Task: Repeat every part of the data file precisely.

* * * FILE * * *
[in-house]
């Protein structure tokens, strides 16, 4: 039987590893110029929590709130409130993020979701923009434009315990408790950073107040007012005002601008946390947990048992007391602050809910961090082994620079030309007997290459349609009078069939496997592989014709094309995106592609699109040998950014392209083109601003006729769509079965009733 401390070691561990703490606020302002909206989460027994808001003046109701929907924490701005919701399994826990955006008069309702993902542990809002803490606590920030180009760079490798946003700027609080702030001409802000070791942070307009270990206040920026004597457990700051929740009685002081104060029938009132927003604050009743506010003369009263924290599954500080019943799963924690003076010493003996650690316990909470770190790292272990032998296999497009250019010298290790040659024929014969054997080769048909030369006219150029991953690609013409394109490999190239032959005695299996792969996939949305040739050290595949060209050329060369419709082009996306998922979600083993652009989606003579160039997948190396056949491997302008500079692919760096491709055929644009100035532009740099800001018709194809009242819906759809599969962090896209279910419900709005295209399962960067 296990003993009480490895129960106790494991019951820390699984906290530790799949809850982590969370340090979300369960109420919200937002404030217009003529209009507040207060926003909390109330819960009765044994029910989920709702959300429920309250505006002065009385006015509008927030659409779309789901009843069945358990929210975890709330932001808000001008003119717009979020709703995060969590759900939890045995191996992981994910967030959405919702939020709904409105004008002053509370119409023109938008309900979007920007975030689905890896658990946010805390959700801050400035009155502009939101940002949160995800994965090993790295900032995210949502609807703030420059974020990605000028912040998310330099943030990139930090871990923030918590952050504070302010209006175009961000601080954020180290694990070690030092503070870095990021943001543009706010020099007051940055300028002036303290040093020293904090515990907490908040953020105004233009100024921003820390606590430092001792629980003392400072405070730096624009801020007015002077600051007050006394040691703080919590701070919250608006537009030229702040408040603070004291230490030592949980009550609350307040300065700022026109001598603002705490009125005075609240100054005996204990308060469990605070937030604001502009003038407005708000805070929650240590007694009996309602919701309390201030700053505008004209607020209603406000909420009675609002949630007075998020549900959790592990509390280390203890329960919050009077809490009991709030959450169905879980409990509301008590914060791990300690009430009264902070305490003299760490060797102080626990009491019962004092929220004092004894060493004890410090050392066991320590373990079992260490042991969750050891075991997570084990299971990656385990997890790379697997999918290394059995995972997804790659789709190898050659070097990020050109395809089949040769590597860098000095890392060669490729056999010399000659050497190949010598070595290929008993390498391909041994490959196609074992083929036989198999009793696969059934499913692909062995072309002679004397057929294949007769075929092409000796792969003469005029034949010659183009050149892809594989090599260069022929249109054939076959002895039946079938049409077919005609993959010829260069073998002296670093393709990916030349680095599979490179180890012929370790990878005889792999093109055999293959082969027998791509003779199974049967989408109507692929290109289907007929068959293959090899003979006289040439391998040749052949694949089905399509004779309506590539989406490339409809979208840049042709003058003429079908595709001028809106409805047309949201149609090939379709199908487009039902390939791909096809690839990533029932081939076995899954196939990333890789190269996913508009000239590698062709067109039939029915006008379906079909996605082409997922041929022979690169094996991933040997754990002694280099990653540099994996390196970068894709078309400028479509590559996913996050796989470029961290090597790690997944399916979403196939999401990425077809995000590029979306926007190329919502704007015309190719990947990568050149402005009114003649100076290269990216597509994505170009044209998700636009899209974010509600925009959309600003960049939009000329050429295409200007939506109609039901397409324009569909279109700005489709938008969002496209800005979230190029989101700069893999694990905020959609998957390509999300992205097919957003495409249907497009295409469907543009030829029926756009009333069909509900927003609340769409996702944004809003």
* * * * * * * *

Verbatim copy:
[in-house]
């Protein structure tokens, strides 16, 4: 039987590893110029929590709130409130993020979701923009434009315990408790950073107040007012005002601008946390947990048992007391602050809910961090082994620079030309007997290459349609009078069939496997592989014709094309995106592609699109040998950014392209083109601003006729769509079965009733 401390070691561990703490606020302002909206989460027994808001003046109701929907924490701005919701399994826990955006008069309702993902542990809002803490606590920030180009760079490798946003700027609080702030001409802000070791942070307009270990206040920026004597457990700051929740009685002081104060029938009132927003604050009743506010003369009263924290599954500080019943799963924690003076010493003996650690316990909470770190790292272990032998296999497009250019010298290790040659024929014969054997080769048909030369006219150029991953690609013409394109490999190239032959005695299996792969996939949305040739050290595949060209050329060369419709082009996306998922979600083993652009989606003579160039997948190396056949491997302008500079692919760096491709055929644009100035532009740099800001018709194809009242819906759809599969962090896209279910419900709005295209399962960067 296990003993009480490895129960106790494991019951820390699984906290530790799949809850982590969370340090979300369960109420919200937002404030217009003529209009507040207060926003909390109330819960009765044994029910989920709702959300429920309250505006002065009385006015509008927030659409779309789901009843069945358990929210975890709330932001808000001008003119717009979020709703995060969590759900939890045995191996992981994910967030959405919702939020709904409105004008002053509370119409023109938008309900979007920007975030689905890896658990946010805390959700801050400035009155502009939101940002949160995800994965090993790295900032995210949502609807703030420059974020990605000028912040998310330099943030990139930090871990923030918590952050504070302010209006175009961000601080954020180290694990070690030092503070870095990021943001543009706010020099007051940055300028002036303290040093020293904090515990907490908040953020105004233009100024921003820390606590430092001792629980003392400072405070730096624009801020007015002077600051007050006394040691703080919590701070919250608006537009030229702040408040603070004291230490030592949980009550609350307040300065700022026109001598603002705490009125005075609240100054005996204990308060469990605070937030604001502009003038407005708000805070929650240590007694009996309602919701309390201030700053505008004209607020209603406000909420009675609002949630007075998020549900959790592990509390280390203890329960919050009077809490009991709030959450169905879980409990509301008590914060791990300690009430009264902070305490003299760490060797102080626990009491019962004092929220004092004894060493004890410090050392066991320590373990079992260490042991969750050891075991997570084990299971990656385990997890790379697997999918290394059995995972997804790659789709190898050659070097990020050109395809089949040769590597860098000095890392060669490729056999010399000659050497190949010598070595290929008993390498391909041994490959196609074992083929036989198999009793696969059934499913692909062995072309002679004397057929294949007769075929092409000796792969003469005029034949010659183009050149892809594989090599260069022929249109054939076959002895039946079938049409077919005609993959010829260069073998002296670093393709990916030349680095599979490179180890012929370790990878005889792999093109055999293959082969027998791509003779199974049967989408109507692929290109289907007929068959293959090899003979006289040439391998040749052949694949089905399509004779309506590539989406490339409809979208840049042709003058003429079908595709001028809106409805047309949201149609090939379709199908487009039902390939791909096809690839990533029932081939076995899954196939990333890789190269996913508009000239590698062709067109039939029915006008379906079909996605082409997922041929022979690169094996991933040997754990002694280099990653540099994996390196970068894709078309400028479509590559996913996050796989470029961290090597790690997944399916979403196939999401990425077809995000590029979306926007190329919502704007015309190719990947990568050149402005009114003649100076290269990216597509994505170009044209998700636009899209974010509600925009959309600003960049939009000329050429295409200007939506109609039901397409324009569909279109700005489709938008969002496209800005979230190029989101700069893999694990905020959609998957390509999300992205097919957003495409249907497009295409469907543009030829029926756009009333069909509900927003609340769409996702944004809003």